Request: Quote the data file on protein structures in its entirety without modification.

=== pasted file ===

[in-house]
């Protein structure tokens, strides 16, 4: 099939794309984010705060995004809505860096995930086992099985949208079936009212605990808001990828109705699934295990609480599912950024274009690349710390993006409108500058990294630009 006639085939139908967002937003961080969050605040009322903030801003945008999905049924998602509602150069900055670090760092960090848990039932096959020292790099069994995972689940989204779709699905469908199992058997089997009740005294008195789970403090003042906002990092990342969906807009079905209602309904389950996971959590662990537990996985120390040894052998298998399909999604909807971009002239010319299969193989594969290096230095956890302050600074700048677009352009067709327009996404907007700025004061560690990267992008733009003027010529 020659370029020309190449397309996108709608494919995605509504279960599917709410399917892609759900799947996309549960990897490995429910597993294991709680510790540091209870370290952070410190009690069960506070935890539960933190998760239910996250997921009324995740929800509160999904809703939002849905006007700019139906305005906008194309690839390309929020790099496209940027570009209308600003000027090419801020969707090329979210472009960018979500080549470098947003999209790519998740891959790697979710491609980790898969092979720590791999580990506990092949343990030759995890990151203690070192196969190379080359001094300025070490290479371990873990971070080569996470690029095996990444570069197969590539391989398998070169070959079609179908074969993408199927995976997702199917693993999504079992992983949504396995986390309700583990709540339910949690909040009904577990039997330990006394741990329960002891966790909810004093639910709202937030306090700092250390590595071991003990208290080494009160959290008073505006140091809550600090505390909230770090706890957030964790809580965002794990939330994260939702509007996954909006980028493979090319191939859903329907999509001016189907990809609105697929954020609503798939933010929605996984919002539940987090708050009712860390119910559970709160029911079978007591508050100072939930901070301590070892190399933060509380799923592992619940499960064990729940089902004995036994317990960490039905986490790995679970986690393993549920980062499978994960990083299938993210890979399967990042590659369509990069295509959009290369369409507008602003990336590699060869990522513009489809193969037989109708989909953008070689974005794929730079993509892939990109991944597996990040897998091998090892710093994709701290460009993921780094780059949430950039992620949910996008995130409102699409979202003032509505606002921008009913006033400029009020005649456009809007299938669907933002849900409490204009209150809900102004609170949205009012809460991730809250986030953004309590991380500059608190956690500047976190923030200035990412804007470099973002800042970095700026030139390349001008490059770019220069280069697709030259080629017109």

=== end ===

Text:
[in-house]
């Protein structure tokens, strides 16, 4: 099939794309984010705060995004809505860096995930086992099985949208079936009212605990808001990828109705699934295990609480599912950024274009690349710390993006409108500058990294630009 006639085939139908967002937003961080969050605040009322903030801003945008999905049924998602509602150069900055670090760092960090848990039932096959020292790099069994995972689940989204779709699905469908199992058997089997009740005294008195789970403090003042906002990092990342969906807009079905209602309904389950996971959590662990537990996985120390040894052998298998399909999604909807971009002239010319299969193989594969290096230095956890302050600074700048677009352009067709327009996404907007700025004061560690990267992008733009003027010529 020659370029020309190449397309996108709608494919995605509504279960599917709410399917892609759900799947996309549960990897490995429910597993294991709680510790540091209870370290952070410190009690069960506070935890539960933190998760239910996250997921009324995740929800509160999904809703939002849905006007700019139906305005906008194309690839390309929020790099496209940027570009209308600003000027090419801020969707090329979210472009960018979500080549470098947003999209790519998740891959790697979710491609980790898969092979720590791999580990506990092949343990030759995890990151203690070192196969190379080359001094300025070490290479371990873990971070080569996470690029095996990444570069197969590539391989398998070169070959079609179908074969993408199927995976997702199917693993999504079992992983949504396995986390309700583990709540339910949690909040009904577990039997330990006394741990329960002891966790909810004093639910709202937030306090700092250390590595071991003990208290080494009160959290008073505006140091809550600090505390909230770090706890957030964790809580965002794990939330994260939702509007996954909006980028493979090319191939859903329907999509001016189907990809609105697929954020609503798939933010929605996984919002539940987090708050009712860390119910559970709160029911079978007591508050100072939930901070301590070892190399933060509380799923592992619940499960064990729940089902004995036994317990960490039905986490790995679970986690393993549920980062499978994960990083299938993210890979399967990042590659369509990069295509959009290369369409507008602003990336590699060869990522513009489809193969037989109708989909953008070689974005794929730079993509892939990109991944597996990040897998091998090892710093994709701290460009993921780094780059949430950039992620949910996008995130409102699409979202003032509505606002921008009913006033400029009020005649456009809007299938669907933002849900409490204009209150809900102004609170949205009012809460991730809250986030953004309590991380500059608190956690500047976190923030200035990412804007470099973002800042970095700026030139390349001008490059770019220069280069697709030259080629017109």